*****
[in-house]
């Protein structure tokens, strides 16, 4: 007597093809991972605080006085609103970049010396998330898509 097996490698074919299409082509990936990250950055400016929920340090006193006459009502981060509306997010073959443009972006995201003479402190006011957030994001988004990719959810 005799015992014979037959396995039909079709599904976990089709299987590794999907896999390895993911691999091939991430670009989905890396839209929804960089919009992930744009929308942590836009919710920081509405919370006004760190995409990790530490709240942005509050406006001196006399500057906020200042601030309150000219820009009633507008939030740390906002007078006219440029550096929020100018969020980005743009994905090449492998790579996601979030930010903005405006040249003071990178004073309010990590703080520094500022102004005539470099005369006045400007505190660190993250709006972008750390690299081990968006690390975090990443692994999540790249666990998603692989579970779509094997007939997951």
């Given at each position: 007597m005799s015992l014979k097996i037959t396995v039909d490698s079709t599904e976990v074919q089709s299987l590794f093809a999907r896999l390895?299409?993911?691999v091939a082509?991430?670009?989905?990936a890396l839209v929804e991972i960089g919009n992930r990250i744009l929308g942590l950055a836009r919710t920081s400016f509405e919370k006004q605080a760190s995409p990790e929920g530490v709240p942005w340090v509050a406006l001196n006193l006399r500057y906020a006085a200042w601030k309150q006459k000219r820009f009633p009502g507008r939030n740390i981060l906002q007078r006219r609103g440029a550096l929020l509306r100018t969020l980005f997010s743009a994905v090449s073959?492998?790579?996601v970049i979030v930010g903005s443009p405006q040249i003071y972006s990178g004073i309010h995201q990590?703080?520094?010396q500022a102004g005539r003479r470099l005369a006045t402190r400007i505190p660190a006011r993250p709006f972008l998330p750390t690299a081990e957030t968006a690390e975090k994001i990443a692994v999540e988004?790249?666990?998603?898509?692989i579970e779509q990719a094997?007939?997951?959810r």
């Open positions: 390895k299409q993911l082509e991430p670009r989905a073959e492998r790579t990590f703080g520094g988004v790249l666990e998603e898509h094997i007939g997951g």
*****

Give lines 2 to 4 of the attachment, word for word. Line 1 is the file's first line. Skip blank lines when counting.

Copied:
């Protein structure tokens, strides 16, 4: 007597093809991972605080006085609103970049010396998330898509 097996490698074919299409082509990936990250950055400016929920340090006193006459009502981060509306997010073959443009972006995201003479402190006011957030994001988004990719959810 005799015992014979037959396995039909079709599904976990089709299987590794999907896999390895993911691999091939991430670009989905890396839209929804960089919009992930744009929308942590836009919710920081509405919370006004760190995409990790530490709240942005509050406006001196006399500057906020200042601030309150000219820009009633507008939030740390906002007078006219440029550096929020100018969020980005743009994905090449492998790579996601979030930010903005405006040249003071990178004073309010990590703080520094500022102004005539470099005369006045400007505190660190993250709006972008750390690299081990968006690390975090990443692994999540790249666990998603692989579970779509094997007939997951």
């Given at each position: 007597m005799s015992l014979k097996i037959t396995v039909d490698s079709t599904e976990v074919q089709s299987l590794f093809a999907r896999l390895?299409?993911?691999v091939a082509?991430?670009?989905?990936a890396l839209v929804e991972i960089g919009n992930r990250i744009l929308g942590l950055a836009r919710t920081s400016f509405e919370k006004q605080a760190s995409p990790e929920g530490v709240p942005w340090v509050a406006l001196n006193l006399r500057y906020a006085a200042w601030k309150q006459k000219r820009f009633p009502g507008r939030n740390i981060l906002q007078r006219r609103g440029a550096l929020l509306r100018t969020l980005f997010s743009a994905v090449s073959?492998?790579?996601v970049i979030v930010g903005s443009p405006q040249i003071y972006s990178g004073i309010h995201q990590?703080?520094?010396q500022a102004g005539r003479r470099l005369a006045t402190r400007i505190p660190a006011r993250p709006f972008l998330p750390t690299a081990e957030t968006a690390e975090k994001i990443a692994v999540e988004?790249?666990?998603?898509?692989i579970e779509q990719a094997?007939?997951?959810r």
């Open positions: 390895k299409q993911l082509e991430p670009r989905a073959e492998r790579t990590f703080g520094g988004v790249l666990e998603e898509h094997i007939g997951g």